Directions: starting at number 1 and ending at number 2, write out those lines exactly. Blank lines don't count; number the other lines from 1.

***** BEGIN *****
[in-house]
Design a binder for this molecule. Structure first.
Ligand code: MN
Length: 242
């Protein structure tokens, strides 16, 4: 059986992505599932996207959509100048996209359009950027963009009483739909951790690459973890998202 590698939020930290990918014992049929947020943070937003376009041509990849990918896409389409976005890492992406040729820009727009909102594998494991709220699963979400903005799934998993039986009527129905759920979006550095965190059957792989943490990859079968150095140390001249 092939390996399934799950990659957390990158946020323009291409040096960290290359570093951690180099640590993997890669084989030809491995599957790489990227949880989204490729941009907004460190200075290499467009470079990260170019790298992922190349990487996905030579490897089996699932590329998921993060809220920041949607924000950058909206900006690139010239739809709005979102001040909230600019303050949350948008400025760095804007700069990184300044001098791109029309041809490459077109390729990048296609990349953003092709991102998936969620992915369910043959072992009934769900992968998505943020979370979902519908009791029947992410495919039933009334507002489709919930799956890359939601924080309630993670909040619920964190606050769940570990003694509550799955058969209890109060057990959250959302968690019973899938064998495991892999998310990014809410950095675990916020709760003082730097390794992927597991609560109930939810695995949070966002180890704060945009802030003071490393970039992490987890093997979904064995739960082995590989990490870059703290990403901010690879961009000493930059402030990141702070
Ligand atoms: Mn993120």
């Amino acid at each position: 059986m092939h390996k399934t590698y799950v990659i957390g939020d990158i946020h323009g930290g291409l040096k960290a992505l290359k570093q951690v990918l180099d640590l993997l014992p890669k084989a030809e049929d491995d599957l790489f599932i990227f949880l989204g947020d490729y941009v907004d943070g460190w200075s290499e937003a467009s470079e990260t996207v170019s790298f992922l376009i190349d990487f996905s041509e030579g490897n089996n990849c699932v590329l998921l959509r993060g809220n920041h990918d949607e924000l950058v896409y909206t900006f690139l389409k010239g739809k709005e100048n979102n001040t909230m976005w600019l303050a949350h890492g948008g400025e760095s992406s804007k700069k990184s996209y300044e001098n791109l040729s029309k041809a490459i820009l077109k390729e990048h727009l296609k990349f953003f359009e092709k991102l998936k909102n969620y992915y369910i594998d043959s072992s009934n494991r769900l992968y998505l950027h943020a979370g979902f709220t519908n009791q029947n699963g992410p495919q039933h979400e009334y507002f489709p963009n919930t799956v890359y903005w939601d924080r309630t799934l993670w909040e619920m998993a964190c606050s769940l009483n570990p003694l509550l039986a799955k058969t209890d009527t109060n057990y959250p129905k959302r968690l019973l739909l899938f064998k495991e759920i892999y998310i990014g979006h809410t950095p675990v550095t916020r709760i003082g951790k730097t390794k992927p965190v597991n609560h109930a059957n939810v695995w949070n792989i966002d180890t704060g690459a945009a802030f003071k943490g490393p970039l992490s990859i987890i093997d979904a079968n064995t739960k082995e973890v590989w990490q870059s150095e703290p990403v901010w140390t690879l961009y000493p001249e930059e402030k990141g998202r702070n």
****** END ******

[in-house]
Design a binder for this molecule. Structure first.